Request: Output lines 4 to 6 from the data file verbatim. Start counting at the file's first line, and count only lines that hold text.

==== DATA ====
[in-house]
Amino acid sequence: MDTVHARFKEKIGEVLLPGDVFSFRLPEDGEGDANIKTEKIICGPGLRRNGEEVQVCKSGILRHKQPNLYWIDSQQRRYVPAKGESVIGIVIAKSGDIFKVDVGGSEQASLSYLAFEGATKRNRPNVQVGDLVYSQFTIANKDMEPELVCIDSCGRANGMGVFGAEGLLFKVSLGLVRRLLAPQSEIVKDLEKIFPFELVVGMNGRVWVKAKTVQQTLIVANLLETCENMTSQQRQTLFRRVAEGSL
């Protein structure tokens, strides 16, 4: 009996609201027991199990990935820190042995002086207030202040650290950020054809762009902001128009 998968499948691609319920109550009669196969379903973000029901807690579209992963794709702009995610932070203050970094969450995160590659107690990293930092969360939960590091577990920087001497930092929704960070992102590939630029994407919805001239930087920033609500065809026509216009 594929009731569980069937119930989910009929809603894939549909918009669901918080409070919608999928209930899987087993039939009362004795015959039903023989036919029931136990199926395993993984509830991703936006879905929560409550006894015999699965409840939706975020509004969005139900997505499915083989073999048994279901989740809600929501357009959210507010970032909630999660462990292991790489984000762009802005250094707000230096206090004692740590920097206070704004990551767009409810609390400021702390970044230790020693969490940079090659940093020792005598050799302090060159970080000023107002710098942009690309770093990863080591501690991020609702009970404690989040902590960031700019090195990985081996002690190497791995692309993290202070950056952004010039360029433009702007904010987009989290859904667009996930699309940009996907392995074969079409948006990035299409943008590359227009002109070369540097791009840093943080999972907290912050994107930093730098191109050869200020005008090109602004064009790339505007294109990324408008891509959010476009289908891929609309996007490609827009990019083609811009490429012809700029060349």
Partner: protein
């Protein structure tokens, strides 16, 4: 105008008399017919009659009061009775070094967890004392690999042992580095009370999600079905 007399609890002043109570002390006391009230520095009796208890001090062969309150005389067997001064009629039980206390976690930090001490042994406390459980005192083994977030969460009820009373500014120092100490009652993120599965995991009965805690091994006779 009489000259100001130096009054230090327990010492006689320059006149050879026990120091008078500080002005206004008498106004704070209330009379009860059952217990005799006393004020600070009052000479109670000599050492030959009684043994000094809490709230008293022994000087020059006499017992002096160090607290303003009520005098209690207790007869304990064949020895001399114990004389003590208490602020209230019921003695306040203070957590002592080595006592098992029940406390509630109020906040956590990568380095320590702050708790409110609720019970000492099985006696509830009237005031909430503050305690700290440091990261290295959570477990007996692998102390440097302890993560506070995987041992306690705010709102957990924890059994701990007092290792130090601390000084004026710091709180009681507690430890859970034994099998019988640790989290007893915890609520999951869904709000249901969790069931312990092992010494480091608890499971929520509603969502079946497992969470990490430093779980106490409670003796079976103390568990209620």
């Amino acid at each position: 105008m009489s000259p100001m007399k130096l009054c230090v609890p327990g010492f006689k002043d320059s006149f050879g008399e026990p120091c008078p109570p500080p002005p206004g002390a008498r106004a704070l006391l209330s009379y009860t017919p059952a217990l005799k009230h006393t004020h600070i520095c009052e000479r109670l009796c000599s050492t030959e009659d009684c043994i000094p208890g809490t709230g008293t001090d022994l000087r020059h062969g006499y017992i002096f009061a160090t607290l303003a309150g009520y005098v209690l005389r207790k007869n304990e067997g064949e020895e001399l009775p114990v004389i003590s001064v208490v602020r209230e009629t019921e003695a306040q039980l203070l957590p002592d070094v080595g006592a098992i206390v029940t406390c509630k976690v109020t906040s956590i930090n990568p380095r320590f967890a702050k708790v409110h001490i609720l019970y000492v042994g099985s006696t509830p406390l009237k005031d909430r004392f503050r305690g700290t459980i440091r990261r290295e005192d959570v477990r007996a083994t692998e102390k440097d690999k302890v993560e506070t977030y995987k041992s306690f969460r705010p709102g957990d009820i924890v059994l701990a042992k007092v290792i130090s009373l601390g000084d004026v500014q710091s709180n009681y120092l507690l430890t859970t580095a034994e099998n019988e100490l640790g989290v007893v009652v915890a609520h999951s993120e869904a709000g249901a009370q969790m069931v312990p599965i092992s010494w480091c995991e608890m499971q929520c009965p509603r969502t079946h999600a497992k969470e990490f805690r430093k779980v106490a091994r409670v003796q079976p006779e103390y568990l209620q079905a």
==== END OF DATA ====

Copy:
Partner: protein
């Protein structure tokens, strides 16, 4: 105008008399017919009659009061009775070094967890004392690999042992580095009370999600079905 007399609890002043109570002390006391009230520095009796208890001090062969309150005389067997001064009629039980206390976690930090001490042994406390459980005192083994977030969460009820009373500014120092100490009652993120599965995991009965805690091994006779 009489000259100001130096009054230090327990010492006689320059006149050879026990120091008078500080002005206004008498106004704070209330009379009860059952217990005799006393004020600070009052000479109670000599050492030959009684043994000094809490709230008293022994000087020059006499017992002096160090607290303003009520005098209690207790007869304990064949020895001399114990004389003590208490602020209230019921003695306040203070957590002592080595006592098992029940406390509630109020906040956590990568380095320590702050708790409110609720019970000492099985006696509830009237005031909430503050305690700290440091990261290295959570477990007996692998102390440097302890993560506070995987041992306690705010709102957990924890059994701990007092290792130090601390000084004026710091709180009681507690430890859970034994099998019988640790989290007893915890609520999951869904709000249901969790069931312990092992010494480091608890499971929520509603969502079946497992969470990490430093779980106490409670003796079976103390568990209620």
């Amino acid at each position: 105008m009489s000259p100001m007399k130096l009054c230090v609890p327990g010492f006689k002043d320059s006149f050879g008399e026990p120091c008078p109570p500080p002005p206004g002390a008498r106004a704070l006391l209330s009379y009860t017919p059952a217990l005799k009230h006393t004020h600070i520095c009052e000479r109670l009796c000599s050492t030959e009659d009684c043994i000094p208890g809490t709230g008293t001090d022994l000087r020059h062969g006499y017992i002096f009061a160090t607290l303003a309150g009520y005098v209690l005389r207790k007869n304990e067997g064949e020895e001399l009775p114990v004389i003590s001064v208490v602020r209230e009629t019921e003695a306040q039980l203070l957590p002592d070094v080595g006592a098992i206390v029940t406390c509630k976690v109020t906040s956590i930090n990568p380095r320590f967890a702050k708790v409110h001490i609720l019970y000492v042994g099985s006696t509830p406390l009237k005031d909430r004392f503050r305690g700290t459980i440091r990261r290295e005192d959570v477990r007996a083994t692998e102390k440097d690999k302890v993560e506070t977030y995987k041992s306690f969460r705010p709102g957990d009820i924890v059994l701990a042992k007092v290792i130090s009373l601390g000084d004026v500014q710091s709180n009681y120092l507690l430890t859970t580095a034994e099998n019988e100490l640790g989290v007893v009652v915890a609520h999951s993120e869904a709000g249901a009370q969790m069931v312990p599965i092992s010494w480091c995991e608890m499971q929520c009965p509603r969502t079946h999600a497992k969470e990490f805690r430093k779980v106490a091994r409670v003796q079976p006779e103390y568990l209620q079905a």